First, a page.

Empire: Total War
War Shouldn't Be this much fun. War should be hell and suffering, the debasement of mankind. It should be scooping beans from a can with the rib of a dead comrade then swallowing it into your dysenteric stomach. But not fun. Only Empire, Creative Assembly's most ambitious and epic Total War game to date, is just that. Fun. How do I know this? Because I've just spent two hours playing the latest code, and as my fingers fumble to strike the correct keys to type these words, I can't help feel that Empire has the potential to utterly eclipse its illustrious predecessors.
During my playtest, I sampled Empire's Road to Independence campaign: a series of bite-sized, story-driven episodes based on the American War of Independence. Divided into four chapters, The Road to Independence is likely to offer a more focused experience for newcomers daunted by the prospect of diving straight into the largest Total War turn-based campaign to date. Episode one begins circa 1607, with you marshalling the British as they try to gain a foothold in the US and hold off the natives, who've impertinently lived there for many thousands of years without a letter of permission from His Royal Highness.
Chapter two sees the natives on the back foot, but augmented by the military might of the French. (Stop sniggering. The French were quite the military power back then.) As the Brits you must defeat this unlikely alliance in short order.
Chapter three tasks you with leading the Americans to victory over the Brits in the War of Independence, and it was this episode that provided the setting for my session.
Set Me Free
Unlike the main campaign, The Road to Independence isn't just an open sandbox, as each chapter is punctuated by CGI cutscenes detailing the birth of the modern-day US. While purists may scoff, the cutscenes I witnessed were adequate proof that the plot should add an extra layer of depth and meaning to your actions. Also readily apparent was the more focused nature of these episodes, making them ideal for newcomers before they're thrown into the main campaign in the final fourth chapter.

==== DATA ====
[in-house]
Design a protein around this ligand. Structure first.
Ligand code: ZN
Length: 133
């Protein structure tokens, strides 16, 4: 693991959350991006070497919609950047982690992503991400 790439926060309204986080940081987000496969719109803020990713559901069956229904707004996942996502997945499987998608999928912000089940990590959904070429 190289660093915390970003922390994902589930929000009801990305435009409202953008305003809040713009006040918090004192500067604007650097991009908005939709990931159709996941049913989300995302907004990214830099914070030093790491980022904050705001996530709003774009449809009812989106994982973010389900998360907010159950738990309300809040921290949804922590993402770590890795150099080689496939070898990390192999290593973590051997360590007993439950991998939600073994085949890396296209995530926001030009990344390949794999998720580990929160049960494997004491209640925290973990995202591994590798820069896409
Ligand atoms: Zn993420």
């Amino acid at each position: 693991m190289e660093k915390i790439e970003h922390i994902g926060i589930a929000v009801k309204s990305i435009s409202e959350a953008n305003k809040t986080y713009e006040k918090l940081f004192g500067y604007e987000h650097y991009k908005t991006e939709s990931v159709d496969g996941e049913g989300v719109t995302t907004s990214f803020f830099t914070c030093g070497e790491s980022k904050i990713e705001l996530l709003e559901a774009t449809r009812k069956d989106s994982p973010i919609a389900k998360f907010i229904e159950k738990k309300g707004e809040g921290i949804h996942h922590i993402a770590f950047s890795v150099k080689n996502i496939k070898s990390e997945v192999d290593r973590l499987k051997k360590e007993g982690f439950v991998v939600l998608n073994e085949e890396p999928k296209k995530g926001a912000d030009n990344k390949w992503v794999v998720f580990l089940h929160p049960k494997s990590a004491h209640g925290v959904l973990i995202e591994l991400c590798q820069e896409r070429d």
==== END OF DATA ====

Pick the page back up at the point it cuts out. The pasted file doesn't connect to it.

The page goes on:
Chapter three kicked off with a real-time 3D recreation of the Battle of Bunker Hill, an epic clash between the Brits and Americans on an undulating battlefield dotted with patches of forest. Playing as the sovereignty-seeking Yanks, my heavily outnumbered forces began atop a hill. The interface, familiar yet distinctively different from Medieval II. took just seconds to learn, allowing hostilities to quickly commence.
Calling upon nearly a decade of Total War experience I arrayed my troops at the hill summit, though one fundamental difference forced me to reassess my tried and tested tactics. While cannons and muskets featured in Medieval II, they were so wayward as to verge on useless. Empire's gunpowder weapons now have accuracy to match their power, creating a new set of variables when outlining your battle plan.
Horse-drawn cannons allow for the rapid deployment and movement of your artillery. Whereas shifting artillery was previously akin to pushing a bear up a downward escalator, cannons can now be moved to a new location in seconds. Placing them intelligently is also paramount. This became painfully apparent when I sent a cannonball scything through the spines of dozens of my own troops standing directly in front of my artillery. It was a flash of military genius to rival even Field Marshal Haig's brilliant WWI strategy of marching thousands of men towards German machine-guns.
With the Brits advancing up the steep gradient from three directions, I wheeled my cavalry around their left flank in a bid to drive a wedge through the heart of their forces. My men bayed a war cry that mingled with the stampeding hooves of their mounts, charging for glory with swords outstretched, racing past an abandoned farm before collapsing en masse as a group of garrisoned enemy snipers parted them from their brains as they rode past. This was going to be tougher than I thought.
Moments like these proved Creative Assembly's commitment to ensuring that Empire's Al is a marked improvement over the irritatingly predictable and moronically static opposition tactics we often witnessed in Medieval II. Where troops once attacked in a single tide they now spread out and probe, searching for gaps in my lines to divide my forces.